Student Loan Delinquencies Continue to Climb Across the U.S.
Inside Subprime: Nov 1, 2018
By Ben Moore
Since the Great Recession, federal student loans have become the only consumer debt group to see continuous cumulative growth year after year. As the costs of college tuition have risen, the country has seen an increase in consumer borrowing and the detrimental result of a growing default crisis.
Over the past eleven years, student loans have seen a cumulative growth of 150 percent. In comparison to auto loan debt, which grew by 52 percent, or mortgage and credit card debts, which fell by 1 percent, the increase is staggering. Student loan debt has become the second largest consumer debt segment in the United States, totaling more than $1.5 trillion, a number that continues to climb. Interest on undergraduate loans increased to 5 percent this year, making it the highest rate increase since 2009. According to the U.S. Department of Education, interest on graduate loans jumped to 6.6 percent. Students are also spending more time working through college than studying, with about 85% of current, full-time students working paid jobs. Many students even turn to payday loans to offset the costs of their education.
The growth in student loan debt is now causing concern as the next generation of graduates could see a huge increase in student loan defaults. Out of all household debt, the student loan segment has the highest 90+ day delinquency rate, with more than 1 in 10 student loan borrowers at least 90 days delinquent on their monthly payments. Analysts attribute the high delinquency rate to “social and institutional factors” as opposed to the average debt levels graduates possess. John Hupalo, founder and CEO of Invite Education, an education financial planning company, recognizes that “students aren’t only facing increasing costs of college tuition” but are “facing increasing costs of borrowing to afford that degree”.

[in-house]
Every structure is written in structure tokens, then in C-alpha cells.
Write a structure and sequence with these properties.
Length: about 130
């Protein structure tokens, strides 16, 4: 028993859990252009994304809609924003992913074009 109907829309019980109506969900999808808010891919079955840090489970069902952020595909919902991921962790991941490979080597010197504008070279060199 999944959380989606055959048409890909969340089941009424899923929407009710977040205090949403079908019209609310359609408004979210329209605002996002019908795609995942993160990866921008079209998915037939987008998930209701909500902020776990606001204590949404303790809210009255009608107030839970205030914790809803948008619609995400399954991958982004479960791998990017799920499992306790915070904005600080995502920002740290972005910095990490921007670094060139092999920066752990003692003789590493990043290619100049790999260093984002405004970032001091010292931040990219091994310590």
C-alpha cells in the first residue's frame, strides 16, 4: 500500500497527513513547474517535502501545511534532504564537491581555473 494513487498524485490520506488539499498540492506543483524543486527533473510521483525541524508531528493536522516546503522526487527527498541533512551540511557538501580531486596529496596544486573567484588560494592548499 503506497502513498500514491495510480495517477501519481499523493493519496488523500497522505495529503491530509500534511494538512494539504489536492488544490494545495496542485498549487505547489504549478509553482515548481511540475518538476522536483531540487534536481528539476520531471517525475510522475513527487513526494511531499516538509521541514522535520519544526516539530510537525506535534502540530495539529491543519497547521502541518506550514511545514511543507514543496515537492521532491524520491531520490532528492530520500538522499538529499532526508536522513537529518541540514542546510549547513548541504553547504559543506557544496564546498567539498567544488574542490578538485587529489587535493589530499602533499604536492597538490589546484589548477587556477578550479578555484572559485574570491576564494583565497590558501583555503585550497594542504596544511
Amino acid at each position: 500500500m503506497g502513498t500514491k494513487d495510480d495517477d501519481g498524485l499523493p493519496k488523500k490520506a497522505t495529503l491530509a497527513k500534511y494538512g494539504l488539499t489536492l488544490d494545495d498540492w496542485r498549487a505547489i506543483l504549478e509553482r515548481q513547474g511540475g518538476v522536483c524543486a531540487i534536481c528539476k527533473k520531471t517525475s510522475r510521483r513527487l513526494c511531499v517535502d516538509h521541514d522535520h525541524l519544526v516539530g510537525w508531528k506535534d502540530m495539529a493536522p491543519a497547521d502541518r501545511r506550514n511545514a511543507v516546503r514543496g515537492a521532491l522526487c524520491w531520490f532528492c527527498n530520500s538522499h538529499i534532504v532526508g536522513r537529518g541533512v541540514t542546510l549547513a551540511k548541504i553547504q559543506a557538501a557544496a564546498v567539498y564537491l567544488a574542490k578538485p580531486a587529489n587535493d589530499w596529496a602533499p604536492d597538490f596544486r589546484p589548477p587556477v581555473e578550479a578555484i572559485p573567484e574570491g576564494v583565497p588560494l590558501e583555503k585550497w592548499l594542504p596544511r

Student loan delinquencies began to rise after the Great Recession of 2008, when for-profit colleges advertised their degrees as a path to higher earning potential. Many students found these degrees useless, making it difficult to pay back student loan debt. Surprisingly, those who are most risk of delinquency are borrowers who have incurred small amounts of debt.
The increase in delinquencies and defaults on student loans hurts more than just students and graduates. There is also a residual effect on the economy. Student debt has delayed the formation of households across the country and led to a decline in home-ownership. Over 16 percent of young workers between the ages of 23 to 35 lived with their parents last year, a jump of 4 percent when compared to ten years ago. Ira Jersey, the chief U.S. interest rate strategist for Bloomberg Intelligence, believes that the weight of student loan debt is “crimping demand” for goods and services. “As people live with their parents or cohabit with a non-partner, millions of houses and apartments aren’t being purchased. Neither is WiFi or that extra sofa. We think this is having a significant impact on the economy.”